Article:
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The emerging post-Soviet ‘stan’ countries

Monday, September 27, 2010

Inside Central Asia: A Political and Cultural History of Uzbekistan, Turkmenistan, Kazakhstan, Kyrgyzstan, Tajikistan, Turkey, and Iran by renowned author Dilip Hiro is about Central Asia’s republics, most of which were vassal entities under dominance of the Soviet Union. In engrossing language and style, the author provides well-researched short histories of the five Central Asian states, (apart from Turkey and Iran), about early times, the period under Tsarist rule and the decades as part of the Union of Soviet Socialist Republics (USSR).

The main focus however, is on how these states gained their independence from the crumbling the Soviet empire, triggered after its own economic collapse.

The author traces their subsequent emergence as nations, the efforts to finally assert their own ethnicity and national identities, and the initiatives to reconcile differences, both cultural and religious, between the various ethnic groups and tribes.

There are insights about the various heads of government and the many political figures with their own narrow allegiances, quite a few of them harkening back to old Soviet-style politicking, striking a balance in their dealings with the US and Russia, while at the same time keeping a wary eye on their nearest neighbour, China. There is Saparmurat Niyazov of Turkmenistan and his style of rule bordering on the megalomaniacal, who has anointed himself as Turkmenbashi (head of all Turkmen), and has even installed a tall gold statue of himself that rotates every hour! There is the factionalism behind the Tajikistan civil war, and the widespread corruption of Kazakhstan. The author also traces the emergence or re-emergence of Islam and the various Islamic movements in the region. This is where the chapters on Turkey and Iran gain significance. While Turkey has limited influence in the region, strongly Shiite Iran shares a common concern with these republics which happen to be largely secular in outlook, over the rise of the radical and violent Taliban in nearby Afghanistan. The only probable oversight is the author did not bring in the most important player in the Central Asian theatre, Russia, which still makes furtive attempts to influence and disrupt lives and economies of the region in its quest for hegemony over the region.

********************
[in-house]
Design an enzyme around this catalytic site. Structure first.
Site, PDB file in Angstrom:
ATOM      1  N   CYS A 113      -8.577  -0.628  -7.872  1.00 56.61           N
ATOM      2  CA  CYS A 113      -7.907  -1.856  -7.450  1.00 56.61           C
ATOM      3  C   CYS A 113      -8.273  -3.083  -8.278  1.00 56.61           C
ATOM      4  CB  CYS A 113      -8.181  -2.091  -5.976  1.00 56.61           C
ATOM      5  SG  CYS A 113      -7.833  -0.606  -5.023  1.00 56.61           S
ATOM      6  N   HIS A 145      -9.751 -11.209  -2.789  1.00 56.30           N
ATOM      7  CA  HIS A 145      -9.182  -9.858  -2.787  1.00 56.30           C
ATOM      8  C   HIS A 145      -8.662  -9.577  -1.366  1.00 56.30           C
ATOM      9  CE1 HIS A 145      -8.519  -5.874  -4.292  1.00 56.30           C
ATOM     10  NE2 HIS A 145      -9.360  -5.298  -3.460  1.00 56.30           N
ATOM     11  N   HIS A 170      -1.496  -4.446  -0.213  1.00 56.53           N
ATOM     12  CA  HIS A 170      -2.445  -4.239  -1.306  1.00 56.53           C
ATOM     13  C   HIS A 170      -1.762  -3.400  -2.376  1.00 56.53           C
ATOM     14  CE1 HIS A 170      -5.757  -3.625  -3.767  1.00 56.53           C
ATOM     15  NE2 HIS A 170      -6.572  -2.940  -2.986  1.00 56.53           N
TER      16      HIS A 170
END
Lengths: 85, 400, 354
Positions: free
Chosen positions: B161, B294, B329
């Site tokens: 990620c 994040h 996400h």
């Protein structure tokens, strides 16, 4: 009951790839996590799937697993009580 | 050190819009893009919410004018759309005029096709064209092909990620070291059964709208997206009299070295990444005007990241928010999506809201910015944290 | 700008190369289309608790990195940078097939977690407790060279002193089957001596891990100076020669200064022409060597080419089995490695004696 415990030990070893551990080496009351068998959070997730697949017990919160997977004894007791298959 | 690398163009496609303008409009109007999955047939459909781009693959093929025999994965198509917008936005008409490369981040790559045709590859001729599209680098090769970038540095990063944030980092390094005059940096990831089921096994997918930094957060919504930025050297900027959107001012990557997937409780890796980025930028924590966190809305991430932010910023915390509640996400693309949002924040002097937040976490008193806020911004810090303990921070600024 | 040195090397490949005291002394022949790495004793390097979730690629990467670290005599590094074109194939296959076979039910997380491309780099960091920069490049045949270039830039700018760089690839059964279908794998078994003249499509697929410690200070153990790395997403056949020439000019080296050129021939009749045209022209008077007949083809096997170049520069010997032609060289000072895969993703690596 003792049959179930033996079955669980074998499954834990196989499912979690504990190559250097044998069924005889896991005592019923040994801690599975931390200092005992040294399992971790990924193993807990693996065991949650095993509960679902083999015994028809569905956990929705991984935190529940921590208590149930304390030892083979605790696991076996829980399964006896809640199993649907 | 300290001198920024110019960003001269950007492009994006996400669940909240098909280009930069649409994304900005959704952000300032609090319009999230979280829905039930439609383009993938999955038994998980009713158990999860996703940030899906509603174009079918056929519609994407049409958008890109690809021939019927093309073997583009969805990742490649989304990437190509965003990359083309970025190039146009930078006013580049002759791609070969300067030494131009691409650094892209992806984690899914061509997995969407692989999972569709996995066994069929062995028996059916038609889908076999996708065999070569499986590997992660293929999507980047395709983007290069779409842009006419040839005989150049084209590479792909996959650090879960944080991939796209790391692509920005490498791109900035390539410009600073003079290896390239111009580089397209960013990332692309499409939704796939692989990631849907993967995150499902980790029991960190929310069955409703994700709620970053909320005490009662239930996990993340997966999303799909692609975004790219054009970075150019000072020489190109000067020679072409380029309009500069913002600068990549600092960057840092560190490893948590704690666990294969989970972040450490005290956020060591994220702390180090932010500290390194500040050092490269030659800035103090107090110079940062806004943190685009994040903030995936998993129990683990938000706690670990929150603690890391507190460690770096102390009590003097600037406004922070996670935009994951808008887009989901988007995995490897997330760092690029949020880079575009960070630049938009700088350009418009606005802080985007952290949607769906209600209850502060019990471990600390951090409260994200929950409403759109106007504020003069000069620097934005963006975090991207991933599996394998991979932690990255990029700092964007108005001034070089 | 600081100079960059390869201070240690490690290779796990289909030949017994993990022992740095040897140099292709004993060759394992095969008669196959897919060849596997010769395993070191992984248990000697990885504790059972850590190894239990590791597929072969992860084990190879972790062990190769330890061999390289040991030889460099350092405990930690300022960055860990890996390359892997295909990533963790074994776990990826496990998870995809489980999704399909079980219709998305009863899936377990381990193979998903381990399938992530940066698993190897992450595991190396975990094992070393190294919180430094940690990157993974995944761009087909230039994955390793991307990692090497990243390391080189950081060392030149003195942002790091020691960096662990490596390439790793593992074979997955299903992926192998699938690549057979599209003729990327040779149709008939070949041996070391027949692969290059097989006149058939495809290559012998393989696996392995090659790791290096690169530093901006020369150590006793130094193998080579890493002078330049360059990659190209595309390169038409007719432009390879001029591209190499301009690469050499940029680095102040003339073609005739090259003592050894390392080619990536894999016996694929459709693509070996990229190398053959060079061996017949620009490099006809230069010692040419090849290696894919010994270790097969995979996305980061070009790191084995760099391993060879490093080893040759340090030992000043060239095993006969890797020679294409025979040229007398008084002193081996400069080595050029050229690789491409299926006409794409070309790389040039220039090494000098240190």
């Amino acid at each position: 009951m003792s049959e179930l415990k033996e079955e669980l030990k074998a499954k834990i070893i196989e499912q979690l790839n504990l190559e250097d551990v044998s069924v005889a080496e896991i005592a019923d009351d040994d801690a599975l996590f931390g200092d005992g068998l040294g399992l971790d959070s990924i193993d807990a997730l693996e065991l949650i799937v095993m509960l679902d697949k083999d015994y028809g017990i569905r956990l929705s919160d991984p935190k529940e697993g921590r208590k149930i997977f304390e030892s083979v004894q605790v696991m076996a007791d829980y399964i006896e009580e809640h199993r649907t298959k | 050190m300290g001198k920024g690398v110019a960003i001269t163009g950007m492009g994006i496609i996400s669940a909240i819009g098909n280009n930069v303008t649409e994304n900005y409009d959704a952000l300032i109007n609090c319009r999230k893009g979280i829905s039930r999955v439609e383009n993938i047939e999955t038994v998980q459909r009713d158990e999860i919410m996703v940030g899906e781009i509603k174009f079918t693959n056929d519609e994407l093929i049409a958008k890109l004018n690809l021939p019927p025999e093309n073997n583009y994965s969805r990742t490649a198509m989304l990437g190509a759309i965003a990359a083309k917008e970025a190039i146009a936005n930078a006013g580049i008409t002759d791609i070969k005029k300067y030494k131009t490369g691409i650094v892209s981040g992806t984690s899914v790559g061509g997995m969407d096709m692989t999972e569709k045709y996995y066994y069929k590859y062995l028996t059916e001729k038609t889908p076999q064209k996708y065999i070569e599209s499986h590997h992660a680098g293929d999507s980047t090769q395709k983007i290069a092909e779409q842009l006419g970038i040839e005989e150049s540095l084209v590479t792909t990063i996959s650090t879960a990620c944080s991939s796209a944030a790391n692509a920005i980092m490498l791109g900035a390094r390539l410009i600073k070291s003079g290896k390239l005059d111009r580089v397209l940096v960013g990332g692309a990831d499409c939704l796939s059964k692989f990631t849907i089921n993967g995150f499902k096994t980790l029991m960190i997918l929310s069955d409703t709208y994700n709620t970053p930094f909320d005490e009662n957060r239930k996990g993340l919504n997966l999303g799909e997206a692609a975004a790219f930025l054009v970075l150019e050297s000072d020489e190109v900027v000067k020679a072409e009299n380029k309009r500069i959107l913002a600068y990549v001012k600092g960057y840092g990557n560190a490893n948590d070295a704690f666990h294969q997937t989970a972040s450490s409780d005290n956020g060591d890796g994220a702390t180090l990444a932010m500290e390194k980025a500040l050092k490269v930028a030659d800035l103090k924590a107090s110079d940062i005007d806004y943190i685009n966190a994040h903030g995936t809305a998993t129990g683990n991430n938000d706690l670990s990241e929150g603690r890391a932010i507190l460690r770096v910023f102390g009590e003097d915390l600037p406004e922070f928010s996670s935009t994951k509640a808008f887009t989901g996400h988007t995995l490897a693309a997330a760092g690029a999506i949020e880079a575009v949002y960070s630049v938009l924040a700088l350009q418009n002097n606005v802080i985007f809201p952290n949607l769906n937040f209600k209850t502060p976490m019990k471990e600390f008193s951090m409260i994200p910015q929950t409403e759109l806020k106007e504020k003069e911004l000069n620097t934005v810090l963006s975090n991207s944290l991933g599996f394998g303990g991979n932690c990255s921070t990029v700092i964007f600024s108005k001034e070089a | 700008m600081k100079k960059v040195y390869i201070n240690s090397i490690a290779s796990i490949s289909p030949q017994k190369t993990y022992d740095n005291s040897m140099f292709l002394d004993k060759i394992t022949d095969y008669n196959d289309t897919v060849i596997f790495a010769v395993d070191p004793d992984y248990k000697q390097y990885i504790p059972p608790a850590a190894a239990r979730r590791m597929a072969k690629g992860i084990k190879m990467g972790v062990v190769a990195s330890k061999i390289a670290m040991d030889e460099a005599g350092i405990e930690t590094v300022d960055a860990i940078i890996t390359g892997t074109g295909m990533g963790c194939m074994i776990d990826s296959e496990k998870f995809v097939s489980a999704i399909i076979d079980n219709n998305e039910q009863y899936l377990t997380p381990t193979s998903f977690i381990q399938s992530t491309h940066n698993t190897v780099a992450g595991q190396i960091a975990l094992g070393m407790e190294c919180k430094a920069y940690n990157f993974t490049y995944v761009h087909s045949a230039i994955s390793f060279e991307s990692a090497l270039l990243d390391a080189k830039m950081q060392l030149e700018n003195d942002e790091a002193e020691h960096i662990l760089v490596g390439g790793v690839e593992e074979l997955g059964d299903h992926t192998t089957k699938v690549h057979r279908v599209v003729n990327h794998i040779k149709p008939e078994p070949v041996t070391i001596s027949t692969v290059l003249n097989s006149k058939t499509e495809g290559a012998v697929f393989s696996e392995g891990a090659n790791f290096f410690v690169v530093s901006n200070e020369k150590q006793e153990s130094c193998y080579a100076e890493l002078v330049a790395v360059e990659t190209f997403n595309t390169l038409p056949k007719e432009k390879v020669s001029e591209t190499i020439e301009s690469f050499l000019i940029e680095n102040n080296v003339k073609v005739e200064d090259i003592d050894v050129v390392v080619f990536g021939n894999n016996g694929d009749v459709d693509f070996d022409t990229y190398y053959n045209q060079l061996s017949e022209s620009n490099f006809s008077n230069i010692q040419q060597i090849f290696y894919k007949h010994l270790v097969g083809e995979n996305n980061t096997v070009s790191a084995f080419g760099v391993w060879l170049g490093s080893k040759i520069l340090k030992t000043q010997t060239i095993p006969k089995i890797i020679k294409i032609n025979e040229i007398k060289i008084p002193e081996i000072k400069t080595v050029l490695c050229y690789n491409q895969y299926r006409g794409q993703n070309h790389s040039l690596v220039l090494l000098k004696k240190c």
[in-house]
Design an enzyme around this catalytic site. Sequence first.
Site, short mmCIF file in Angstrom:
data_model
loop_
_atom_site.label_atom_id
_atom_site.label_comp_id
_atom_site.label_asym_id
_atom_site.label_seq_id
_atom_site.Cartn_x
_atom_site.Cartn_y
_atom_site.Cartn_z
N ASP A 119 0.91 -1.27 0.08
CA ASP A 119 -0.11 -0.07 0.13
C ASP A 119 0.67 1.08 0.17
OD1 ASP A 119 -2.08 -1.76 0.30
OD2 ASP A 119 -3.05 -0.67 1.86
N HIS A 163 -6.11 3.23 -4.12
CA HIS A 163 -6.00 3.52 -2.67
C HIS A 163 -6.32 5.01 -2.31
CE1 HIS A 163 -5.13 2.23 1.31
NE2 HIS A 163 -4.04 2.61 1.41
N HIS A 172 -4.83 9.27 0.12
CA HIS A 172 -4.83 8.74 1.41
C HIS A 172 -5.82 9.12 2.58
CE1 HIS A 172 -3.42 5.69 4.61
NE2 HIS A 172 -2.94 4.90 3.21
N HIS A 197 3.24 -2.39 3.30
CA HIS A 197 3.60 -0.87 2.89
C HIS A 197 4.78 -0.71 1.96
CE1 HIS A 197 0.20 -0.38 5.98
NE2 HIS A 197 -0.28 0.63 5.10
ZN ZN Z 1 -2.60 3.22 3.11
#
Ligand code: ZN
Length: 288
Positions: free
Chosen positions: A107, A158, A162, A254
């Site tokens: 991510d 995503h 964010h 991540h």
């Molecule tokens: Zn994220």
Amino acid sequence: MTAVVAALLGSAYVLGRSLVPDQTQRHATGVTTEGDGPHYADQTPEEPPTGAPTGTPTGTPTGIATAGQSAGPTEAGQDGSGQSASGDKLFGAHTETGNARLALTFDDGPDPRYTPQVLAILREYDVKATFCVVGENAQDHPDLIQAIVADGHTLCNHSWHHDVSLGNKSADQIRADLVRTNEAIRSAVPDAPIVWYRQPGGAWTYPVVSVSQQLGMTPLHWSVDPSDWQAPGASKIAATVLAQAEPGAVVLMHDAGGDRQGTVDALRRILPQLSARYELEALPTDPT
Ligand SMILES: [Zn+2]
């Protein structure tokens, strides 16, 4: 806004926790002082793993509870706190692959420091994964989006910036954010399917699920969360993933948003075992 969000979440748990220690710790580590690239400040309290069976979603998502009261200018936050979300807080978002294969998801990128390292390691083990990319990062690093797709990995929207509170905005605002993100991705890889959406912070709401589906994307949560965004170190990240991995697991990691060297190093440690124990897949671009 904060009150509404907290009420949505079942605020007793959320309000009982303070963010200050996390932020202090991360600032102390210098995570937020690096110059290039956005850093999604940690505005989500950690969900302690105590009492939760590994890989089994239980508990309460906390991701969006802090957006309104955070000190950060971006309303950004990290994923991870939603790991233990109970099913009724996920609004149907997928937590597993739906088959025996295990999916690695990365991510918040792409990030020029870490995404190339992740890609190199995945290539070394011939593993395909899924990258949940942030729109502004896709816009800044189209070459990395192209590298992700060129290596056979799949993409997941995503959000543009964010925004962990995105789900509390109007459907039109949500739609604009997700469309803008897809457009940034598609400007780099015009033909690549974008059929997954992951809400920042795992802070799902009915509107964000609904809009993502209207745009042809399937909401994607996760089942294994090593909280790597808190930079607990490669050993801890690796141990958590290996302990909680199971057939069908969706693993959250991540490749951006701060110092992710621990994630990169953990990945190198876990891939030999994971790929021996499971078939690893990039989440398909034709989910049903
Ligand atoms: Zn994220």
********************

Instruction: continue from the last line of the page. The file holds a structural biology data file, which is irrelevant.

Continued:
Inside Central Asia
By Dilip Hiro
HarperCollins Publishers
Price Rs.599


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